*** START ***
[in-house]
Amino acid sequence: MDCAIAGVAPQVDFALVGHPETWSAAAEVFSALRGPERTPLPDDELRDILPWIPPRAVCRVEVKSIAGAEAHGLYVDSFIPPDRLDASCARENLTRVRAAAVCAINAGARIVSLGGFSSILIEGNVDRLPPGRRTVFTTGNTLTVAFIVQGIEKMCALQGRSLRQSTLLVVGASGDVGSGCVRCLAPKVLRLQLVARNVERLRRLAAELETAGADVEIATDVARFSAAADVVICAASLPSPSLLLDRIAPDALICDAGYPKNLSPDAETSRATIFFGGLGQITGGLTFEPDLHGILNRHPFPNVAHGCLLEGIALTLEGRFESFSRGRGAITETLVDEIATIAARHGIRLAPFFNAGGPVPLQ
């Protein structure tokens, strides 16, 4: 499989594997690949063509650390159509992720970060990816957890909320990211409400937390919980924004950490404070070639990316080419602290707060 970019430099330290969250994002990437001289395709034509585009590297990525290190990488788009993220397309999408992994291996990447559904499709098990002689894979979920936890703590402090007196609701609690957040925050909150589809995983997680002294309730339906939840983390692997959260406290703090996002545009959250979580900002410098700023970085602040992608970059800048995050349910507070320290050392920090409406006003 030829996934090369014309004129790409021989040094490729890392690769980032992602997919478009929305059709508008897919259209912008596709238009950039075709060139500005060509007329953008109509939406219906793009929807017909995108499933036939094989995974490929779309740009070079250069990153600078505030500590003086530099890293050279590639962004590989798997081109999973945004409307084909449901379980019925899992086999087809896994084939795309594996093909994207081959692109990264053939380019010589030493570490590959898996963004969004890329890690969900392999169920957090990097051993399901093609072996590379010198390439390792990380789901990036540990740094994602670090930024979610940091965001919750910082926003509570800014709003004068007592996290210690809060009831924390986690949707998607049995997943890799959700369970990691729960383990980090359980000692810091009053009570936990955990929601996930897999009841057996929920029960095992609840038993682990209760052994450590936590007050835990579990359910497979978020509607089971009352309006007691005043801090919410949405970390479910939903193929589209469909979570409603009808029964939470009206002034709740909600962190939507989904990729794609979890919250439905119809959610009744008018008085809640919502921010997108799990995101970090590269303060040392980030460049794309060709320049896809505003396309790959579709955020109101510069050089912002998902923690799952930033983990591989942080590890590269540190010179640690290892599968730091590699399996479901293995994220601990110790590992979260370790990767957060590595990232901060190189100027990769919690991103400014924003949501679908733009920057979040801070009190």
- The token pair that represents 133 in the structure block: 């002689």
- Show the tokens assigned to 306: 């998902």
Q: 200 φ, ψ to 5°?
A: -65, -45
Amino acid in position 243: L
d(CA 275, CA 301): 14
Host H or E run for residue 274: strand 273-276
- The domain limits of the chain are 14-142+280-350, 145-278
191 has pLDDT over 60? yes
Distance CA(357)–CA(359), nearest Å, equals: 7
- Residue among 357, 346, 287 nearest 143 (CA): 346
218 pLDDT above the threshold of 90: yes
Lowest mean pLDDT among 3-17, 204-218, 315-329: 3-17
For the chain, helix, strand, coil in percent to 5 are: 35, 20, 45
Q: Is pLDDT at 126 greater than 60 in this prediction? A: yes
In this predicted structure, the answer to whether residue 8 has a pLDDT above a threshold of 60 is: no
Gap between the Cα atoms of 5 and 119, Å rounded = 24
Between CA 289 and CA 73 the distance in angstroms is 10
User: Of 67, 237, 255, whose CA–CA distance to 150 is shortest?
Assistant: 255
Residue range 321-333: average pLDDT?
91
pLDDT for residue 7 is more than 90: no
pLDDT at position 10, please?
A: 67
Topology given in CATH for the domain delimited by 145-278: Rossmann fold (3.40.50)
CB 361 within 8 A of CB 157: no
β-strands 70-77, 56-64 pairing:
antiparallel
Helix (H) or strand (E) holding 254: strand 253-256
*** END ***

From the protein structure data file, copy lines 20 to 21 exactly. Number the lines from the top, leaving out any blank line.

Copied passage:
Gap between the Cα atoms of 5 and 119, Å rounded = 24
Between CA 289 and CA 73 the distance in angstroms is 10